This article has been updated.

Plans for a new ground load facility that will offer cheaper fares in and out of San Antonio International Airport received a major boost from a $20 million federal grant Monday.

The money will come from the Federal Aviation Administration (FAA), which liked San Antonio’s plans to increase sustainability and make airfare more affordable, said Director of Airports Jesus Saenz.

Ground load facilities are commonly used at smaller airports and by low-cost carriers to efficiently move people on and off airplanes more quickly and inexpensively, thus reducing airfares.

A ground load facility in San Antonio is among the projects included in the 20-year, $2.5 billion airport strategic development plan approved by City Council in November 2021 to improve runways, roadways, vehicle parking and other airport facilities. 

The FAA’s $5 billion Airport Terminal Program was created by the Biden Administration’s 2022 Bipartisan Infrastructure Law. It includes $750 million to be spent over on medium hub airports, like the San Antonio International Airport.

Monday’s announcement came as part of the program’s second round of selections for the five-year program. Last year, the city requested $50 million in FAA grant funding, most of it intended for the ground load facility and did not receive the money.

“We hope this is the first of several major investments by the FAA in our Terminal Development Program,” Mayor Ron Nirenberg said in a statement.

San Antonio City Council approved the strategic development plan for the airport in Nov. 2021. The effort is expected to be funded by  a combination of FAA grants, the bipartisan federal infrastructure bill, airport revenue and fees and airport bonds.

After being passed over in the first round of the FAA’s Airport Development Project grants in September, city leaders went to work painting a clearer picture of their long-term plans for redeveloping the airport, City Manager Erik Walsh told reporters Monday.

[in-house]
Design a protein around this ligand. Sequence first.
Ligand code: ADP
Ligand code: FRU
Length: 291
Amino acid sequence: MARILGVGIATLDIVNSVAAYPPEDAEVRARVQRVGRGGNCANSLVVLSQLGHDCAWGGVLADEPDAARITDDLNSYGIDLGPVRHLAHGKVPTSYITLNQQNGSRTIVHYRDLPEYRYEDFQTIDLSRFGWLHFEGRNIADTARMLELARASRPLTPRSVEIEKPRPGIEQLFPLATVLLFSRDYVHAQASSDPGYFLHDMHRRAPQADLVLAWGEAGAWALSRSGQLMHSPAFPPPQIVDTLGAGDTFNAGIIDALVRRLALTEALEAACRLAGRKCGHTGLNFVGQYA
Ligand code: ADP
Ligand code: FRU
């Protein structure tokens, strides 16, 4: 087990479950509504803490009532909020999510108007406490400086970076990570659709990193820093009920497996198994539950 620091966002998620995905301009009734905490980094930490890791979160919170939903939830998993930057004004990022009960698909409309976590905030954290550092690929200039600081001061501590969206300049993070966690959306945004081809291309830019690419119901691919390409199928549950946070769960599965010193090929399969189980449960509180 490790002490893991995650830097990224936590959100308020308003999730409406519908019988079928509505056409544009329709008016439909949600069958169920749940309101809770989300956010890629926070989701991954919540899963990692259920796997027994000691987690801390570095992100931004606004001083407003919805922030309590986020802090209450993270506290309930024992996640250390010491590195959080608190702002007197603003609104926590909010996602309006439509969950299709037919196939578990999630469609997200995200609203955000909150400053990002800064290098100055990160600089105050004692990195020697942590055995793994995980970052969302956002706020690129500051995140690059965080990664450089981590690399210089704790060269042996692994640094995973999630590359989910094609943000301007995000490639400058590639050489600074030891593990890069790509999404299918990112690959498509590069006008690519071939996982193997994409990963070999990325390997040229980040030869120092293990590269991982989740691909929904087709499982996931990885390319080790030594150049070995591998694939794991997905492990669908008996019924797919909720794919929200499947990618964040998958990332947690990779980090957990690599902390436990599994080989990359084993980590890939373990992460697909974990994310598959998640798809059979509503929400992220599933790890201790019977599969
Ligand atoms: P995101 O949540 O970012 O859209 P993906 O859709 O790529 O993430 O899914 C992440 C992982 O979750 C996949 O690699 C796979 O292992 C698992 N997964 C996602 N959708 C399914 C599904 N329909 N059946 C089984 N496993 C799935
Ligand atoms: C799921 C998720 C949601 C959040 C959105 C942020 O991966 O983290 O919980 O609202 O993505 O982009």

Nirenberg, Walsh and Saenz met with FAA Deputy Administrator Bradley Mims earlier this year to discuss the project. They also turned over renderings of the spacious, modern new terminal to the FAA.

“Now they know exactly where the City of San Antonio is heading, and the efforts and the work that’s being done to grow the airport complex,” said Saenz.

When applications opened for the second round of funding, Walsh said, “This time… we were very intentional to point out how [the ground load facility] is an enabling project for the terminal development plan.”

“I think it was a lesson for us to be able to lay out what the long term plan is for the airport, so the FAA can see that every building block is getting us to that terminal,” he said. “We didn’t do that in the first application.”

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Andrea Drusch

Andrea Drusch writes about local government for the San Antonio Report. She's covered politics in Washington, D.C., and Texas for the Fort Worth Star-Telegram, National Journal and Politico.

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Shari Biediger

Shari Biediger is the development beat reporter for the San Antonio Report.